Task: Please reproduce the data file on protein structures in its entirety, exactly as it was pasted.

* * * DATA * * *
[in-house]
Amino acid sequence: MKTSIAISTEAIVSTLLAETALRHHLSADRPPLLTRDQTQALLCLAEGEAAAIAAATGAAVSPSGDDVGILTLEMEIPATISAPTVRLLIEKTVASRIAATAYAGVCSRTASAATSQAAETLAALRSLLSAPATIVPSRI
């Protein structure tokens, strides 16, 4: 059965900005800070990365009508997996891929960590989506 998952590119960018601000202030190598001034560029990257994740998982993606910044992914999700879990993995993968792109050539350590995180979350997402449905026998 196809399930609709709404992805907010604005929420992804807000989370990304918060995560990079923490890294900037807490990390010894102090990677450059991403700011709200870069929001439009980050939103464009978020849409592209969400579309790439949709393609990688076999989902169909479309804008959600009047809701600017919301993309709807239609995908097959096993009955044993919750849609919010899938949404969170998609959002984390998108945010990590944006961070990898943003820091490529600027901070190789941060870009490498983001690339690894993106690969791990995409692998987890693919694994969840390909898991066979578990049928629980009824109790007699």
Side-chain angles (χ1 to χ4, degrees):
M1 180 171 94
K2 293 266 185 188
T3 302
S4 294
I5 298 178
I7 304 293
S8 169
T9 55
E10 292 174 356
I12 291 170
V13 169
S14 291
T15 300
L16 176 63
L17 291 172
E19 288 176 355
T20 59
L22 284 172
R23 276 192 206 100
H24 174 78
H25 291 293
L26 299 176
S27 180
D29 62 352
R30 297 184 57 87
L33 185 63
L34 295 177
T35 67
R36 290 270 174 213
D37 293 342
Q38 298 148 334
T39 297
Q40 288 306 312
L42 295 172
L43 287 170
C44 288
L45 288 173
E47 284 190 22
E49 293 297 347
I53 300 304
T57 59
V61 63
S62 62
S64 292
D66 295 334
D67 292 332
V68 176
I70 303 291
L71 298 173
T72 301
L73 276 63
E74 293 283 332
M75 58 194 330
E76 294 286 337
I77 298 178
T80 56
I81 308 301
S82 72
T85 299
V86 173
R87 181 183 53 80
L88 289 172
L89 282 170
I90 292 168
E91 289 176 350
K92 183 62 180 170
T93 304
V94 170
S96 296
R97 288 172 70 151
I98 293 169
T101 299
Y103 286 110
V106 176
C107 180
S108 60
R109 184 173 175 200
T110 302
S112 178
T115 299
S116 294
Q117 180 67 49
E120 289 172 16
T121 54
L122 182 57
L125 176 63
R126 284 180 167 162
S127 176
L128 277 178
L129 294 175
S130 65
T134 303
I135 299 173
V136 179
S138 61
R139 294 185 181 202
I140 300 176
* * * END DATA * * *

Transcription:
[in-house]
Amino acid sequence: MKTSIAISTEAIVSTLLAETALRHHLSADRPPLLTRDQTQALLCLAEGEAAAIAAATGAAVSPSGDDVGILTLEMEIPATISAPTVRLLIEKTVASRIAATAYAGVCSRTASAATSQAAETLAALRSLLSAPATIVPSRI
């Protein structure tokens, strides 16, 4: 059965900005800070990365009508997996891929960590989506 998952590119960018601000202030190598001034560029990257994740998982993606910044992914999700879990993995993968792109050539350590995180979350997402449905026998 196809399930609709709404992805907010604005929420992804807000989370990304918060995560990079923490890294900037807490990390010894102090990677450059991403700011709200870069929001439009980050939103464009978020849409592209969400579309790439949709393609990688076999989902169909479309804008959600009047809701600017919301993309709807239609995908097959096993009955044993919750849609919010899938949404969170998609959002984390998108945010990590944006961070990898943003820091490529600027901070190789941060870009490498983001690339690894993106690969791990995409692998987890693919694994969840390909898991066979578990049928629980009824109790007699």
Side-chain angles (χ1 to χ4, degrees):
M1 180 171 94
K2 293 266 185 188
T3 302
S4 294
I5 298 178
I7 304 293
S8 169
T9 55
E10 292 174 356
I12 291 170
V13 169
S14 291
T15 300
L16 176 63
L17 291 172
E19 288 176 355
T20 59
L22 284 172
R23 276 192 206 100
H24 174 78
H25 291 293
L26 299 176
S27 180
D29 62 352
R30 297 184 57 87
L33 185 63
L34 295 177
T35 67
R36 290 270 174 213
D37 293 342
Q38 298 148 334
T39 297
Q40 288 306 312
L42 295 172
L43 287 170
C44 288
L45 288 173
E47 284 190 22
E49 293 297 347
I53 300 304
T57 59
V61 63
S62 62
S64 292
D66 295 334
D67 292 332
V68 176
I70 303 291
L71 298 173
T72 301
L73 276 63
E74 293 283 332
M75 58 194 330
E76 294 286 337
I77 298 178
T80 56
I81 308 301
S82 72
T85 299
V86 173
R87 181 183 53 80
L88 289 172
L89 282 170
I90 292 168
E91 289 176 350
K92 183 62 180 170
T93 304
V94 170
S96 296
R97 288 172 70 151
I98 293 169
T101 299
Y103 286 110
V106 176
C107 180
S108 60
R109 184 173 175 200
T110 302
S112 178
T115 299
S116 294
Q117 180 67 49
E120 289 172 16
T121 54
L122 182 57
L125 176 63
R126 284 180 167 162
S127 176
L128 277 178
L129 294 175
S130 65
T134 303
I135 299 173
V136 179
S138 61
R139 294 185 181 202
I140 300 176